In the end Rex makes a choice that allows him dignity, but it may not be what right-to-die advocates make a catchphrase of. If you want to see how Rex’s last cab drive ends, you’ll need seek out a screening or get the DVD.

Monday, September 12, 2016

Book Review: Ron Kovic Remembers 1974 Protest for Veterans' Rights

By Lyn Jensen
"You can't really respect and honor [America's Vietnam] veterans without acknowledging they were leaders of the antiwar movement." -- Tom Hayden
Ron Kovic remains perhaps the most famous face of the movement for veterans’ rights. In the early seventies he galvanized the peace movement, both as an anti-Vietnam activist and as the author of Born on the Fourth of July. That book, a searing account of one paralyzed veteran’s shattered illusions turning to activism, has become an American classic. It was even turned into an Oscar-nominated film in 1989, starring Tom Cruise as Kovic.
Today veterans of Iraq and Afghanistan are complaining about the level of care they receive, and that makes Kovic’s experience freshly relevant. In particular what fueled Kovic’s transformation were the conditions he and many other disabled veterans encountered at the Long Beach Veterans Administration. Believing that the level of care amounted to patient abuse, Kovic organized more than a dozen of his fellow patients. Unable to create change within the system, they resorted to what might now be called “occupy tactics.”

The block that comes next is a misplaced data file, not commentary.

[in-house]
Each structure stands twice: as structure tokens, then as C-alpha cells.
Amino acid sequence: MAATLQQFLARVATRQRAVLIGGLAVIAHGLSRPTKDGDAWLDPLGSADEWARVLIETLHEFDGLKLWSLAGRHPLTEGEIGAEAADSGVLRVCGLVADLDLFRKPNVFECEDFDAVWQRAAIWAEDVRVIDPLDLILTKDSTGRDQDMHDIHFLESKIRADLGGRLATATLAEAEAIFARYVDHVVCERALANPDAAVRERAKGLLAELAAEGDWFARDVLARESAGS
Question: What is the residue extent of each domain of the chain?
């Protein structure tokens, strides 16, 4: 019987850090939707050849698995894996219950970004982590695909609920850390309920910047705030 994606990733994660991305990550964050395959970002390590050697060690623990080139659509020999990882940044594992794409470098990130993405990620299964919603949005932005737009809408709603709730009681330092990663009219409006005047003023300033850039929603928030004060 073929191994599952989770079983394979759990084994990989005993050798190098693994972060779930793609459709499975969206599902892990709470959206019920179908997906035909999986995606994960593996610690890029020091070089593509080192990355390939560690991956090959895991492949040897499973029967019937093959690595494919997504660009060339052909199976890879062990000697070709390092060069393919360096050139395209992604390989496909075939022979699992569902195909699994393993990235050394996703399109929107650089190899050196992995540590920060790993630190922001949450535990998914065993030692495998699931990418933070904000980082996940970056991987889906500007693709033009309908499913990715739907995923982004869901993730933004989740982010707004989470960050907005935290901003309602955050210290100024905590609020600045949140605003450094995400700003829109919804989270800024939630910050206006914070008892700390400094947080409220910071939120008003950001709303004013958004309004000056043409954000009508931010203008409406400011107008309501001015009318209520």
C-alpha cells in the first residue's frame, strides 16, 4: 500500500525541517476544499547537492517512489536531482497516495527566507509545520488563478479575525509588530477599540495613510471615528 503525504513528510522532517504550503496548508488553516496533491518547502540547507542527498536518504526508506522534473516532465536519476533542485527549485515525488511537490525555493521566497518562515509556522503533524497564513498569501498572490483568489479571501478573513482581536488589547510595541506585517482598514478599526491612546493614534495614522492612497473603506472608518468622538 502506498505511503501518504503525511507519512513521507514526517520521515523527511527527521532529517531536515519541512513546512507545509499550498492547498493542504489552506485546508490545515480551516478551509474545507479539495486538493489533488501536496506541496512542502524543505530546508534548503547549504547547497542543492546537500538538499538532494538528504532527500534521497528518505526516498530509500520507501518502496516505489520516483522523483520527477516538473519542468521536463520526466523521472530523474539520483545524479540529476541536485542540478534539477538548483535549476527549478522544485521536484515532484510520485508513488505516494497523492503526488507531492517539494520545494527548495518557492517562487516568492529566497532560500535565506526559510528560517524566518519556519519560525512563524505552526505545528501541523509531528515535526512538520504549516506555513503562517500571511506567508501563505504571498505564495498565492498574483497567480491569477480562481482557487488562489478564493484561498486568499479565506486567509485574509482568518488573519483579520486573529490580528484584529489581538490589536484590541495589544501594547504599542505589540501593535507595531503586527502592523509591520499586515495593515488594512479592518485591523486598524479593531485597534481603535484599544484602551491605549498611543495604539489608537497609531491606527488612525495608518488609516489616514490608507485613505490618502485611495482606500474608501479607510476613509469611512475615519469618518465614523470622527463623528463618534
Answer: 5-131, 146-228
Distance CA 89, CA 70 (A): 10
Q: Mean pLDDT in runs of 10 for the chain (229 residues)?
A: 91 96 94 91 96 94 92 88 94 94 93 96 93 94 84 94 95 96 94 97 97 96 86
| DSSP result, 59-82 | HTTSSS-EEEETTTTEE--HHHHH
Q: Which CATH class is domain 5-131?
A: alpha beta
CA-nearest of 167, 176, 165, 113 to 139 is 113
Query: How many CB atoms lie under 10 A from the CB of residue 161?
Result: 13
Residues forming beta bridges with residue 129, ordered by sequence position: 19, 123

On Feb. 12, 1974, Kovic and fourteen other disabled veterans (along with some supporters including two women) arrived for a meeting at then-senator Alan Cranston’s office at the Westwood Federal Building. Finding the senator absent, they refused to leave, or even eat, until the head of the VA (at the time, Donald Johnson) met with them personally and heard their grievances. The occupation of Cranston’s office ended on March 2, 1974, after then-president Richard Nixon sent Johnson to meet with them.
Now Kovic has written a book, Hurricane Street, about the protest and its aftermath. Like its author, the book was born on the fourth of July, published by Akashic Books on that date this year.
Hurricane describes how Kovic originally planned the protest to be the first action of a new American Veterans Movement, which he organized from his residence on Hurricane Street in Marina Del Rey. The next step was to be a veterans’ march on Washington on July 4, 1974, envisioned to rival or surpass both the 1964 King March and the protests that vets staged in Washington during the Depression.
The planned march on Washington ended in failure when other veterans’ groups refused to participate. Days later, Kovic was kicked out of his own organization (he suspects outside influences) and the movement disbanded.

At the age of 70 and still living in the South Bay, Kovic remains a patient of the Long Beach VA, where the reforms he demanded in 1974 have resulted in much higher standards of patient care.